I have been in coaching sessions where people are married and yet they do not disclose to one another how much assets or liabilities they have, sometimes one or both partners are heavily indebted and they are married in community of property, so effectively legally they are both indebted! Talking about your assets and liabilities not only helps get a clear picture of your financial situation, but also gives you the opportunity to set goals and work towards financial independence together.


Tribe, I wanna hear your thoughts:  how have you handled money in your relationship? What has worked and do you feel you are both working towards the same financial goals?

Author: Mapalo Makhu

I want to help women make confident financial decisions and build real wealth.

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3 thoughts on “The money conversation you should have before you say “I do”!

  1. Great article. This is always one of “those” topics that people fear to talk about…money. I have seen in my years as a Financial Planner that this topic can ruin marriages if couples are not open and honest with each other about finances. It is also really important to discuss and choose the marital regime prior to the wedding day AND sign the contract PRIOR to the wedding day. I have come across a lot of couples who thought they could sign a contract after they got married. Example: Husbands goes into business with other partners and then realize that their wife also needs to form part of the business because they are married in community of property. This can be very risky for the family. Thank you for sharing the article. I am sure it will bring value to a lot of ladies married or to be married soon.

    Posted on June 20, 2018 at 7:40 am
    1. And thank you, Judy for sharing your insights.

      Posted on June 20, 2018 at 1:24 pm
  2. Great article, so for me and my husband what we did was:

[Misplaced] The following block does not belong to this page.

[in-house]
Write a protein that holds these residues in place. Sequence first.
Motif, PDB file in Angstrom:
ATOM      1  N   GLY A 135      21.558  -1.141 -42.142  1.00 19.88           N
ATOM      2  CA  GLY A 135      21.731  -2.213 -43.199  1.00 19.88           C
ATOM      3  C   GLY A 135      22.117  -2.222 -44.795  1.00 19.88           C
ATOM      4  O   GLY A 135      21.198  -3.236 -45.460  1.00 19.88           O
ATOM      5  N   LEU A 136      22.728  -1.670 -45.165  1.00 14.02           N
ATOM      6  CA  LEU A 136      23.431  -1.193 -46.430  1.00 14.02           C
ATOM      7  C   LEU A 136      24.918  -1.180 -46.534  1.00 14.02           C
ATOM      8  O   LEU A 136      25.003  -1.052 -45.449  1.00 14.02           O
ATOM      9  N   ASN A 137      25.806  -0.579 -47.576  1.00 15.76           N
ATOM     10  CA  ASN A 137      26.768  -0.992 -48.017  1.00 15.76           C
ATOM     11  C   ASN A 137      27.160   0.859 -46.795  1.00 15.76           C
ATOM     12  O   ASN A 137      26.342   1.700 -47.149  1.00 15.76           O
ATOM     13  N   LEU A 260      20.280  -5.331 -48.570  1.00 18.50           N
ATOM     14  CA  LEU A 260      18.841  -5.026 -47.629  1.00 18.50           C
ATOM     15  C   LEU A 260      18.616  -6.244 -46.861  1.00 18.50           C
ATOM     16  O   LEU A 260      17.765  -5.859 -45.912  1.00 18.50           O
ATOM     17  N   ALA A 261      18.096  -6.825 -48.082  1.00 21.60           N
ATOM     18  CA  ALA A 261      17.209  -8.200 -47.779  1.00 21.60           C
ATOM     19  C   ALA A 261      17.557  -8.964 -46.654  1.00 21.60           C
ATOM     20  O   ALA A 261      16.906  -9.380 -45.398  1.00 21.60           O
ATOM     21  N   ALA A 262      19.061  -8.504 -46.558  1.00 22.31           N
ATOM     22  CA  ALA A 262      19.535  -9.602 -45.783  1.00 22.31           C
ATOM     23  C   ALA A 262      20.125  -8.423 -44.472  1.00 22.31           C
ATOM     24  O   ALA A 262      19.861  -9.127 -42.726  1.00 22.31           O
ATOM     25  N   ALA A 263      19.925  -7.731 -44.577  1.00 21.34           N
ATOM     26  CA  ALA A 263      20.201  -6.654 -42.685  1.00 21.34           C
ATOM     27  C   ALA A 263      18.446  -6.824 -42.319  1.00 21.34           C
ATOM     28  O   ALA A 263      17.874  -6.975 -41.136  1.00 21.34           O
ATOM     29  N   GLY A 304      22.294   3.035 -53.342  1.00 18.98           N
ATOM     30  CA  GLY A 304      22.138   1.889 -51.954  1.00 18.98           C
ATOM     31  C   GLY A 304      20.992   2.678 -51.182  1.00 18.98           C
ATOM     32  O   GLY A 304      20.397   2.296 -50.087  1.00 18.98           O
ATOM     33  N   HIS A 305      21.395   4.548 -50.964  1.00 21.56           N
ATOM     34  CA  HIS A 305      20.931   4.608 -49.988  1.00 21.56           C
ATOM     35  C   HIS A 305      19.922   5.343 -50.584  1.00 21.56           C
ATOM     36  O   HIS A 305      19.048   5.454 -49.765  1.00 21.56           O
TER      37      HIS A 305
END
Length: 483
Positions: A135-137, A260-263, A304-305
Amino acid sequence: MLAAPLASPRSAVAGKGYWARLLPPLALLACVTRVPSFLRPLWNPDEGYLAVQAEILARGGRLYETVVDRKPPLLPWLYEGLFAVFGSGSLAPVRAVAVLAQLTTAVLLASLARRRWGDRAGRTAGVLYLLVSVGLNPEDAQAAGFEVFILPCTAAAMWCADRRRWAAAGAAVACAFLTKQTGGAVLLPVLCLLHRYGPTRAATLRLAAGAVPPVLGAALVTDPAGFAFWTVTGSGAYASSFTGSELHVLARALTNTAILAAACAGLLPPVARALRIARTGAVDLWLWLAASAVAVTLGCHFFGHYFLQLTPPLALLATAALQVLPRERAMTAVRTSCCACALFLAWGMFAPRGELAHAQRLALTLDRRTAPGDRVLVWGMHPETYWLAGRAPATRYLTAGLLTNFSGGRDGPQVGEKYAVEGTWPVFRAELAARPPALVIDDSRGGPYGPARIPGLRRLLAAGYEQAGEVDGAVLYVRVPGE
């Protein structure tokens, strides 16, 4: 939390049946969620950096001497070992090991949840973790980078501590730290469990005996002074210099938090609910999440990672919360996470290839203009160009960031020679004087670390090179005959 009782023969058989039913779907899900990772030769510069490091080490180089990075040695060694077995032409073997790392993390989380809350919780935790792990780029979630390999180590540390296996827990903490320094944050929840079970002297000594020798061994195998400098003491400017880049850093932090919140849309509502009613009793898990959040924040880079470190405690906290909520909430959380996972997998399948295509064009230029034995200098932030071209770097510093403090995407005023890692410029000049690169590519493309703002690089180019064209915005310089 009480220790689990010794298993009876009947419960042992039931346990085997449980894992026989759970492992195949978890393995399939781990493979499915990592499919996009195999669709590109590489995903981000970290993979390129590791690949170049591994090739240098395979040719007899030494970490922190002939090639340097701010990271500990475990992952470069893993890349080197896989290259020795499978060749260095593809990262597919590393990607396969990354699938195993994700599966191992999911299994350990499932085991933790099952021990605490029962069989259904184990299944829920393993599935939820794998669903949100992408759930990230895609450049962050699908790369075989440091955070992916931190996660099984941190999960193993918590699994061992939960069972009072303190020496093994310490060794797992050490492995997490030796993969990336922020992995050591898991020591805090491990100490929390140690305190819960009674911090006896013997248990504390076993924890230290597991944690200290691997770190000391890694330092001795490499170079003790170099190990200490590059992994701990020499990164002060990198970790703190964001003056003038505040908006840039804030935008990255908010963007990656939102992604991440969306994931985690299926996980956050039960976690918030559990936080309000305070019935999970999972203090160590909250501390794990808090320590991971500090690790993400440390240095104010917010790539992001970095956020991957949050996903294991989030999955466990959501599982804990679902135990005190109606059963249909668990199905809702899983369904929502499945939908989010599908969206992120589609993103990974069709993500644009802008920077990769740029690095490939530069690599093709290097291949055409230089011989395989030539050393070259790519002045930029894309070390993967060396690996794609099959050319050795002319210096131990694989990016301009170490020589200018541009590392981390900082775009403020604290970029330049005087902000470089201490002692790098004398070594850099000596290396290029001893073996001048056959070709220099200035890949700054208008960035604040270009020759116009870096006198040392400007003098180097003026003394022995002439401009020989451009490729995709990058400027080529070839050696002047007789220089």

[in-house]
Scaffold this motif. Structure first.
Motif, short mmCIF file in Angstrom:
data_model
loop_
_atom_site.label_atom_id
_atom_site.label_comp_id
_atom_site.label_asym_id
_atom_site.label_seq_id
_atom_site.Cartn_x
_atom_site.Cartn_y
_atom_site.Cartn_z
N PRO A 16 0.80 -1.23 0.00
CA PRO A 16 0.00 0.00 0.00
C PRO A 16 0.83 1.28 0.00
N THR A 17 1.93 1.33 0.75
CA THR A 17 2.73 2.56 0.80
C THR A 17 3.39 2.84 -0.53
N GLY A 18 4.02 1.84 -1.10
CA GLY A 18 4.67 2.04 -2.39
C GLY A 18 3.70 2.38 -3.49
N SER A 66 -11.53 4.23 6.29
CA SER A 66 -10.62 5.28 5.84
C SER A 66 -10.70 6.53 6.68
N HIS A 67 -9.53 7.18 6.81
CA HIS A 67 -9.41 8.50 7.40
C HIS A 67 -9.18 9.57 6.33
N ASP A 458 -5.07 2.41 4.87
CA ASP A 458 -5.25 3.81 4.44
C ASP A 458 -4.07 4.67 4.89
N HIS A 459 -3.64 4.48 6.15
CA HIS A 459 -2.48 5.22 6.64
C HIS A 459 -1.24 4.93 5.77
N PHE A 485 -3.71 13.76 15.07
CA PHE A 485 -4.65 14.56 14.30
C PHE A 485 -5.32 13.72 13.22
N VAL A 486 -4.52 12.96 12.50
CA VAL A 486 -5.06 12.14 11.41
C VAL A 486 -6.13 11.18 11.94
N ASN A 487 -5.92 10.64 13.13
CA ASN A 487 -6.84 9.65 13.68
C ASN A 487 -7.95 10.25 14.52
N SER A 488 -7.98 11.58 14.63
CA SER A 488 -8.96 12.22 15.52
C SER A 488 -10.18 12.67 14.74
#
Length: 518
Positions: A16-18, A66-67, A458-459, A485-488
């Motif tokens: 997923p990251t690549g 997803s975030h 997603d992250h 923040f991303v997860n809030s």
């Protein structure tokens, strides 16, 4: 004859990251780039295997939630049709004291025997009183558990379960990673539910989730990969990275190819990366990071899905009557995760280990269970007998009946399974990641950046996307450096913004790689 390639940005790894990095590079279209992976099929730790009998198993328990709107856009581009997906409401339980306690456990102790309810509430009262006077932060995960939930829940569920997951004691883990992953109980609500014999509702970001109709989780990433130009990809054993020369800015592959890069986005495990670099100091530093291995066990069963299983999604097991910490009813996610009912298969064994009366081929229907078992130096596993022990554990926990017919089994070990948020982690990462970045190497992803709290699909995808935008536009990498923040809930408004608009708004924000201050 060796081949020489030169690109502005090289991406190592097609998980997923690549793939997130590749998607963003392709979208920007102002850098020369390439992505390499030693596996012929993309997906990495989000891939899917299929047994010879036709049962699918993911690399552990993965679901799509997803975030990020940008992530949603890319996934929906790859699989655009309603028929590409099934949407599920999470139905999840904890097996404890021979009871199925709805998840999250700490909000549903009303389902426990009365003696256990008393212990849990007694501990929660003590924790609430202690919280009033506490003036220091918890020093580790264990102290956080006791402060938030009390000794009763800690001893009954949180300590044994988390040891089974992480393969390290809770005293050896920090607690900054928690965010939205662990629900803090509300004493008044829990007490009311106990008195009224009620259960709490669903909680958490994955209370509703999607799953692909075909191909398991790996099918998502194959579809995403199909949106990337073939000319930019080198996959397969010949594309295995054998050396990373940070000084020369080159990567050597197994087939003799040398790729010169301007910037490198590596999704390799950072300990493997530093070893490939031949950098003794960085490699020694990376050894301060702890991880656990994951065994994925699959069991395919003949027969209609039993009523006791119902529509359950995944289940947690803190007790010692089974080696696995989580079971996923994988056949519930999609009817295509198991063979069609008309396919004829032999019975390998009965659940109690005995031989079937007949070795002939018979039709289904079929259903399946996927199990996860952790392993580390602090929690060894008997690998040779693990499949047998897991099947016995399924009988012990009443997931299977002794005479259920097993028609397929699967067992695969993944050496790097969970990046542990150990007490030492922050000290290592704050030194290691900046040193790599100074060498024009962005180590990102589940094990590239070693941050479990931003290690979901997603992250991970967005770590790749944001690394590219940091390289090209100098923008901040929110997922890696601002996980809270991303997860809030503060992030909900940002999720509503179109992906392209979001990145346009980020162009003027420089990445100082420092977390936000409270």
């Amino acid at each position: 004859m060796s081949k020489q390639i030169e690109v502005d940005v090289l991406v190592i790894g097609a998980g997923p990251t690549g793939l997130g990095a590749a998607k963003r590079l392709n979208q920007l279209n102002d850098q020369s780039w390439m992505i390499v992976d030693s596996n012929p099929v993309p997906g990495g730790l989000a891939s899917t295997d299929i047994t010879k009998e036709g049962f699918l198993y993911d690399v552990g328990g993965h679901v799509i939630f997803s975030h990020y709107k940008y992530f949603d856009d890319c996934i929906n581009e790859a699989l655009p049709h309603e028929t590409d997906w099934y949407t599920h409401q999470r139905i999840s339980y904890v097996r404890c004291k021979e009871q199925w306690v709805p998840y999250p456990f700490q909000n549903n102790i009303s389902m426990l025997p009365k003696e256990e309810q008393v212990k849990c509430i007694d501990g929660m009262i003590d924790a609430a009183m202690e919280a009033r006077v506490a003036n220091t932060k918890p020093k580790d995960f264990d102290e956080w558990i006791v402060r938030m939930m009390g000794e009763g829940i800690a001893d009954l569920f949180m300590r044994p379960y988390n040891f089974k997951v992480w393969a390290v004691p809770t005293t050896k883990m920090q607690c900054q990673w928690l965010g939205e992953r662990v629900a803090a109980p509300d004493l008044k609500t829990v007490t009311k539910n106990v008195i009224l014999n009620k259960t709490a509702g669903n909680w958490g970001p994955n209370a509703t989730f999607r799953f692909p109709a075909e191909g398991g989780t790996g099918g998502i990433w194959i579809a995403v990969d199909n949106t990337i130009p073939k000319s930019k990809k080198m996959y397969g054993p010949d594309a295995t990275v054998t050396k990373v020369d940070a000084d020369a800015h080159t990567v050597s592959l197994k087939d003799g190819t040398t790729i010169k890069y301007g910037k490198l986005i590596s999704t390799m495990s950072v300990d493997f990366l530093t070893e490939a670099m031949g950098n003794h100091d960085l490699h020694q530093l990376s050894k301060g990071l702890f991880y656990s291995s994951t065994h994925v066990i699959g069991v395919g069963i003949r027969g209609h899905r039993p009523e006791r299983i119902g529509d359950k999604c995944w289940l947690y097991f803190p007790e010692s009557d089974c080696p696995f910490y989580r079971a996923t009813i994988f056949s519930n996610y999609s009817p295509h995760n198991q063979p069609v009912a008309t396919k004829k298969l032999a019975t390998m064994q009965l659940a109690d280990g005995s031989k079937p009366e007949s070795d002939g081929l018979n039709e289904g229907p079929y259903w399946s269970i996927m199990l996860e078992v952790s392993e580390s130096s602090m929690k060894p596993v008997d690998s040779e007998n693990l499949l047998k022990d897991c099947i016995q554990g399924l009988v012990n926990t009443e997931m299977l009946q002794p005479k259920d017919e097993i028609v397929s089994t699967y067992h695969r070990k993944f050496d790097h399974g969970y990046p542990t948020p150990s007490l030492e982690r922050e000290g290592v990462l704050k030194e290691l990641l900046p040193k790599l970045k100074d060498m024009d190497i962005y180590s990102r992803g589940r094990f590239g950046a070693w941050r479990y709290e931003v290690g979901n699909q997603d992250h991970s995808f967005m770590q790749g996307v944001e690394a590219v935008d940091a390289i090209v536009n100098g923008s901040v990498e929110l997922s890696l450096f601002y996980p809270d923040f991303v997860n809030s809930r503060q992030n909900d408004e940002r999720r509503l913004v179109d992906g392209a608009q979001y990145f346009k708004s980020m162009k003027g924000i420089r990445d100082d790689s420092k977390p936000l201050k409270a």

1. When he proposed to marry me we then started talking about the current debts that we individually had and we both worked on settling that. Luckily we both did not have too much.
    2. After about 6 months we requested our health reports at Trans -union.
    3. We then started going for marital counselling where we spoke about the type of marriage as one of the many topics.

    we are now two years married and have an “okay” relationship with money. We have budget dates, we have retirement annuities, investment, emergency account, set our short and long term goals we also just working on being in a stable financial position, which is our ultimate goal to be debt free. So we trying to pay off car and apartment which are the major debts that we have. We have daughter 14months old, we have opened a TFSA for her started march this year.
    It is not easy though but we try so my money personality is saver, i do not like losing money. i enjoy seeing my money in the bank, i had to learn to be flexible and started reading on investment and taking upon risk. My husband is bit of a spender so it helps to have joint account for household so that we can account to each other.

    Posted on September 18, 2018 at 3:24 pm